PMID: 2640Mar 1, 1976

Rheological studies of Hb SS blood: influence of hematocrit, hypertonicity, separation of cells, deoxygenation, and mixture with normal cells

The Journal of Laboratory and Clinical Medicine
J R MurphyW Brereton


Studies of the rheological properties of Hb SS blood indicate that the marked increase in viscosity with deoxygenation is primarily due to cell-cell interaction of cells which were not permanently deformed. The permanently deformed cells, the bottom fraction of cells separated by centrifugation, show only a fraction of the increase in viscosity compared to top cells, when each was deoxygenated. Top cells showed a greater degree of morphologic change with deoxygenation compared to bottom cells. The viscosity of deoxygenated Hb SS blood was disproportionately reduced by the addition of compatible deoxygenated Hb AA cells. A mixture of 1/4 Hb AA cells and 3/4 Hb SS cells reduced the viscosity of deoxygenated Hb SS blood 50 per cent. Studies of Hb SS cells in hypertonic media indicate that hypertonicity per se does not cause sickling. Normal and Hb SS erythrocytes both show identical changes in rheological properties when suspended in hypertonic serum. However, changes in oxygen saturation due to a decrease in intracellular pH with certain hypertonic media may lead to sickling when Hb SS blood is at intermediate PO2 levels. The addition of x-ray contrast material to blood results in the changes due to hypertonicity but does not cau...Continue Reading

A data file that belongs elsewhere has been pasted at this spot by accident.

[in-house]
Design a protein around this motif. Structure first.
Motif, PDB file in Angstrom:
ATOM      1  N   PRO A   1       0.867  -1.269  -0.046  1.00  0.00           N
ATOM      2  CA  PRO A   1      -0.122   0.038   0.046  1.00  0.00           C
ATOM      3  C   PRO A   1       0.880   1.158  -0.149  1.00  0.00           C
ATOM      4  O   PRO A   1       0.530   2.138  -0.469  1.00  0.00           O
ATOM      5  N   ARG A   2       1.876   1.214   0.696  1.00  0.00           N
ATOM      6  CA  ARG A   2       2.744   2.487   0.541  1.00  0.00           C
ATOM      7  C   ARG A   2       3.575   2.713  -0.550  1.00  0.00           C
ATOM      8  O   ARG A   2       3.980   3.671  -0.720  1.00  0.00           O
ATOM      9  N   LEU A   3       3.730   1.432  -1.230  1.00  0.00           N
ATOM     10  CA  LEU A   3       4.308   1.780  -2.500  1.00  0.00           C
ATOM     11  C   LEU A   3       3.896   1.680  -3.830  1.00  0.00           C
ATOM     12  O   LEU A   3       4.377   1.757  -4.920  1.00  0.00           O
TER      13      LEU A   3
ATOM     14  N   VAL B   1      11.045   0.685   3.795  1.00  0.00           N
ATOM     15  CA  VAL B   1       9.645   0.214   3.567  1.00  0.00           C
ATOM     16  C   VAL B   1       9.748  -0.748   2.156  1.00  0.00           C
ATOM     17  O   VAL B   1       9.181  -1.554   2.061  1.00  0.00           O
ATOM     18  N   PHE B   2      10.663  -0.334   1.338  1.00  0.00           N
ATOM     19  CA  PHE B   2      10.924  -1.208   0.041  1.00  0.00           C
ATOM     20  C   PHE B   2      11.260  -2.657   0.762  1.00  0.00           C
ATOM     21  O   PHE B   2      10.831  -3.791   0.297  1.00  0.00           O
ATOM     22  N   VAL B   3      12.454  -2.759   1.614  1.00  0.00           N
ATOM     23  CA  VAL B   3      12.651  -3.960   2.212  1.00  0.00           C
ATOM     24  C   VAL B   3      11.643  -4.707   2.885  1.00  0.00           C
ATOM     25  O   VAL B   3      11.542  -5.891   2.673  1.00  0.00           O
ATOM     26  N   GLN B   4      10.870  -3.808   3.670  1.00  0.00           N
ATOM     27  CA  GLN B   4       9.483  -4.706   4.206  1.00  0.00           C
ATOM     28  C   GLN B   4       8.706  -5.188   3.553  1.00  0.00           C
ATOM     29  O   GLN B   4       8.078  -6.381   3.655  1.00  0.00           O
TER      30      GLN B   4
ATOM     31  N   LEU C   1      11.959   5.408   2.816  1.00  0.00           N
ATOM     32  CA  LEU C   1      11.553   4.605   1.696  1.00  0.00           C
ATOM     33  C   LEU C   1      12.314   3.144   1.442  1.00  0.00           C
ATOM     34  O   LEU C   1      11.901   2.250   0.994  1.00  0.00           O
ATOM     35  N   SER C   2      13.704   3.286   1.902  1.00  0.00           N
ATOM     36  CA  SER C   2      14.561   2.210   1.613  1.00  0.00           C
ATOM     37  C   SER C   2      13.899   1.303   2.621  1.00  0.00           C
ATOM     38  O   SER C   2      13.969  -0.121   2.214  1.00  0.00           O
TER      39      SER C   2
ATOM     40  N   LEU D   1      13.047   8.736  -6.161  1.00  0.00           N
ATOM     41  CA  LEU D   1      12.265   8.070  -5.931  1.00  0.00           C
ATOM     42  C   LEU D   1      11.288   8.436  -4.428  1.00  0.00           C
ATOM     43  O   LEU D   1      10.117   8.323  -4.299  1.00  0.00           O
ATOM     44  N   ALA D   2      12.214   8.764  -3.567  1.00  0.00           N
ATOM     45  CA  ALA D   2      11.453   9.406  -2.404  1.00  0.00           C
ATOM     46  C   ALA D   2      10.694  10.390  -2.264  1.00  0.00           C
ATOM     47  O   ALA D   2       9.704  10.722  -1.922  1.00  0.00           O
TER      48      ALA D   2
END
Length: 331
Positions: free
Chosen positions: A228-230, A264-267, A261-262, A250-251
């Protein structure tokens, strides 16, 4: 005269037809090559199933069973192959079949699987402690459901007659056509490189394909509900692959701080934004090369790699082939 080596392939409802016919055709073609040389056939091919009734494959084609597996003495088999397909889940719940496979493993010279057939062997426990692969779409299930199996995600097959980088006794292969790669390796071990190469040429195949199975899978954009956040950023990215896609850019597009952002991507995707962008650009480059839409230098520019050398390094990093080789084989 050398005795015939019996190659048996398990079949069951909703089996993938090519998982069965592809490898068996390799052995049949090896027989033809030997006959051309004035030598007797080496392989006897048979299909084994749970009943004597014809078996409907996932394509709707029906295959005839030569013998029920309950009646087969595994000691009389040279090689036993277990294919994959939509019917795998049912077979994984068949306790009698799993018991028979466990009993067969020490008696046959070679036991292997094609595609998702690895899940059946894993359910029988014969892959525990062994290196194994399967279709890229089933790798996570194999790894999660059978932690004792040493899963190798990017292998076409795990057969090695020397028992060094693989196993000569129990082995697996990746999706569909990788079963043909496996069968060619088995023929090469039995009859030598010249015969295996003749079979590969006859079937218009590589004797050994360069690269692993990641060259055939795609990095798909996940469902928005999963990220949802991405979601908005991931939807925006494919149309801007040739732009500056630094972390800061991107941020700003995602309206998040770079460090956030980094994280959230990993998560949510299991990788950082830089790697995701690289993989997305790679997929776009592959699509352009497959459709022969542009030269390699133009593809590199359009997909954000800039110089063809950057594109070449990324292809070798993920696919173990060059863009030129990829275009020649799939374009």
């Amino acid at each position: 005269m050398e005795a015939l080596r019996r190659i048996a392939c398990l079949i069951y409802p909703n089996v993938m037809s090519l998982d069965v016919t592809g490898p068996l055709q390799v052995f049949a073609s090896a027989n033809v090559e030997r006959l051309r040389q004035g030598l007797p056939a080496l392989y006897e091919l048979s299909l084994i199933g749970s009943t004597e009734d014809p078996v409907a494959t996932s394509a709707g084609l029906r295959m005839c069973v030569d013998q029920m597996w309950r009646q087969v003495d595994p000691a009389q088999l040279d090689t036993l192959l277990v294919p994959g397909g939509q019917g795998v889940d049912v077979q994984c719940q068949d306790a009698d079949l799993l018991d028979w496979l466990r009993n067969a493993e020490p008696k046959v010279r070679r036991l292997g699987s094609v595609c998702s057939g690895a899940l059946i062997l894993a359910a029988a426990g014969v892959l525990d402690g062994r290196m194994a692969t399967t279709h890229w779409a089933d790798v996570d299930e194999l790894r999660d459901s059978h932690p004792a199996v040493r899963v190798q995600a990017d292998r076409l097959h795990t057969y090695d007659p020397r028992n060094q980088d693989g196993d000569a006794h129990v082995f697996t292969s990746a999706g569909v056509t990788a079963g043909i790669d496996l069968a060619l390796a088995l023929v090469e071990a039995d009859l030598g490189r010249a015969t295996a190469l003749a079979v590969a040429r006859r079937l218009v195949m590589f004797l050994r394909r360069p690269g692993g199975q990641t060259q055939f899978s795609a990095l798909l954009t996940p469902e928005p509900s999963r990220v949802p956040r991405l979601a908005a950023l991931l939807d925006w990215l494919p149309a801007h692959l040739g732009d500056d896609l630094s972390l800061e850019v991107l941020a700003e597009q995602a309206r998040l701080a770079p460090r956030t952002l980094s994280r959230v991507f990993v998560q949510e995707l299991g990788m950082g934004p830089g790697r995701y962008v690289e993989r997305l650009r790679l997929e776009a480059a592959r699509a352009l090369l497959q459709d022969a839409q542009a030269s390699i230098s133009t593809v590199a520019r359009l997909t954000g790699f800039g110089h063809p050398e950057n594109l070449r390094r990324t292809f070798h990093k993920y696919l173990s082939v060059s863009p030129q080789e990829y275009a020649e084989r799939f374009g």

Related Concepts

Anemia, Sickle Cell
Blood Viscosity
Radiographic contrast media
Hematocrit Procedure
Hemoglobin SS
Abnormal Hemoglobins
Hydrogen-Ion Concentration

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